A Major Reader


I’m currently reading through The Best American Essays 2010 at rapid rates. I am thrilled with each essay I’ve read so far, and I was particularly smitten with the foreword by series editor Robert Atwan. His foreword introduced me to the idea of “major readers” and “minor readers,” both terms suggested in Vladimir Nabokov’s introduction to his Lectures on Literature. Nabokov writes, “Curiously enough, one cannot read a book: one can only reread it. A good reader, a major reader, an active and creative reader is a rereader.”

And this idea makes sense, because as Nabokov points out, the first reading is merely the act of moving your eyes across the page from left to right and becoming acquainted with the “world” of the book. I agree with him. However. I have serious issues with being a major reader. I want to be a major reader, of course. It is one of the things that I take the most delight in and that adds so much depth and richness to my personal life. But I tend to read in circles, instead of rereading, and the list of books I’d like to read grows longer every day. So, for me being a major reader equals a major dilemma.
The only book I’ve ever reread is Jack Kerouac’s Dharma Bums. When we decided to hike in the Himalayas on our honeymoon, I decided I needed to read it again. Although it is not set in the Himalayas, it does in fact deal a lot with mountains, hiking, and more mountains. I thought it would be a good book to psyche myself up and get ready for our Annapurna circuit.

But, honestly? I have a fear of rereading. I am afraid that by rereading a book I’ve already read, I’m forfeiting time with another book I haven’t read. I know that sounds obsessive, but I am nothing if not obsessive about reading and books. (Not just books for what’s inside, but I am also seriously obsessed with books as objects, books as things.) There have been certain times in my life that I have read certain books and they have been completely of the moment for me. And there’s this idea in the back of my head that if I choose to reread a book, I’ll miss the “moment” I could have had if I had kept on reading new material.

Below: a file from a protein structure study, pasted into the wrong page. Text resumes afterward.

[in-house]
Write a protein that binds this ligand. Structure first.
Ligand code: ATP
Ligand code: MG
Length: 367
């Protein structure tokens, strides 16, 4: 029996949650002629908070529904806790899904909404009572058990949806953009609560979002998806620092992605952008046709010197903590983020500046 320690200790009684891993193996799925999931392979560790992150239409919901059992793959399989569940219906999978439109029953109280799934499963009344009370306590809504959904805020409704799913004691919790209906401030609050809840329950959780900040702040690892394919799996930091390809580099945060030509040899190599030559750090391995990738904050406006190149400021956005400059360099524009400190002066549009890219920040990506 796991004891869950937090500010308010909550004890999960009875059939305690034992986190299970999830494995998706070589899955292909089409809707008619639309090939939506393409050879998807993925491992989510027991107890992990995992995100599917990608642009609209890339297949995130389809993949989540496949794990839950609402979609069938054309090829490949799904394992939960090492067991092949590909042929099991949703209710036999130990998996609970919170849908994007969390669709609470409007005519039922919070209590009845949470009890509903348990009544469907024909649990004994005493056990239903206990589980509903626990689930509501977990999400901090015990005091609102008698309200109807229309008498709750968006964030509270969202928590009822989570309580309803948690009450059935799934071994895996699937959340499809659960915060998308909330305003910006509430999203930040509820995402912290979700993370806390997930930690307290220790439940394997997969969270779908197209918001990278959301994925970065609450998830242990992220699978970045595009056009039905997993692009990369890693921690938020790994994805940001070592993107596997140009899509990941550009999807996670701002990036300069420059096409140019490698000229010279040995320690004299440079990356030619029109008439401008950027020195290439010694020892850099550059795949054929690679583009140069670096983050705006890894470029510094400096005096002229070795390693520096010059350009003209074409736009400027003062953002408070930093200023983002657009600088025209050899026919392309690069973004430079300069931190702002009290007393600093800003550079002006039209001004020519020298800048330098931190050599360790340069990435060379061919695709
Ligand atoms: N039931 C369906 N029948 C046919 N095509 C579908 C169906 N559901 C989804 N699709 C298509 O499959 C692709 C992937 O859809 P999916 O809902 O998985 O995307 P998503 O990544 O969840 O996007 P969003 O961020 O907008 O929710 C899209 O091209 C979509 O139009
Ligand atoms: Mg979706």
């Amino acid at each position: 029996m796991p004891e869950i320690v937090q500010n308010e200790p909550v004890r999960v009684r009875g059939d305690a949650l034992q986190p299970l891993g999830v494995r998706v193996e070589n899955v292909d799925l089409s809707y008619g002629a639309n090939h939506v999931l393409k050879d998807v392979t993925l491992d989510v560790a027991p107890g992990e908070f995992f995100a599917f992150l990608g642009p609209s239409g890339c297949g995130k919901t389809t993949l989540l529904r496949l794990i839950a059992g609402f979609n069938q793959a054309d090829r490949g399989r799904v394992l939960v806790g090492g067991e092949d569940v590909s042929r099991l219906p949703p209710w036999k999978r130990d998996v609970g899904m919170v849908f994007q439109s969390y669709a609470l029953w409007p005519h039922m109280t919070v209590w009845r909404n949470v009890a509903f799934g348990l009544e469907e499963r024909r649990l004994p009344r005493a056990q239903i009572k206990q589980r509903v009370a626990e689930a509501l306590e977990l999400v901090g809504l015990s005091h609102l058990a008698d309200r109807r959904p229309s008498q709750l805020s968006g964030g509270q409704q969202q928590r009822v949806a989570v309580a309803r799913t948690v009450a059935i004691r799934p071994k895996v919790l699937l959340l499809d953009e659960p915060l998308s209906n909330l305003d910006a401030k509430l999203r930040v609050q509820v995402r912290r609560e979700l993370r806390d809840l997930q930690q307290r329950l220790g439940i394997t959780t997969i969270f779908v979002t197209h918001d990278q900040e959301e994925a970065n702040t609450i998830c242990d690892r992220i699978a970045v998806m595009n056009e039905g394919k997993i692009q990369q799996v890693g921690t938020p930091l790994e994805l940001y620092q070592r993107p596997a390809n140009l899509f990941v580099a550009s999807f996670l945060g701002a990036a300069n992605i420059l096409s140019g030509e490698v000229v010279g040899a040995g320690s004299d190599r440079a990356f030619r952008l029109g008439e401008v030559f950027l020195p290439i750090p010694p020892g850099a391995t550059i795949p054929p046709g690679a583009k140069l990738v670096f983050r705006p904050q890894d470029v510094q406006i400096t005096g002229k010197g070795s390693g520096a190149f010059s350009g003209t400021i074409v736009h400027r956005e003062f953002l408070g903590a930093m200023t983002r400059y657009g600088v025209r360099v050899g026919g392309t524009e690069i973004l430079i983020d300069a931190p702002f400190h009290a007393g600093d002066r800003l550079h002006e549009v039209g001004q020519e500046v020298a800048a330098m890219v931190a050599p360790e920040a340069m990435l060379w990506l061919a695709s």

It’s all quite melodramatic, isn’t it? I have a friend who rereads the same books over and over, and I don’t doubt that he finds something new and fresh in them each time. I do believe that great books will stand the test of a million rereads. "No book is worth anything which is not worth much; nor is it serviceable, until it has been read, and re-read, and loved, and loved again; and marked, so that you can refer to the passages you want in it, as a soldier can seize the weapon he needs in an armoury, or a housewife bring the spice she needs from her store." That’s John Ruskin from his lecture “Of Kings’ Treasuries” collected in “The Lamp of Memory,” which I read at the end of last year.

This is my dilemma. I’ve only so much time to commit to the act of reading (heck, to commit to anything before my time is up), and I can’t bring myself to spend that time rereading something. Can I ever be a Major Reader? And does it mean my reading is not worth as much if I’m not?

What books have you reread?
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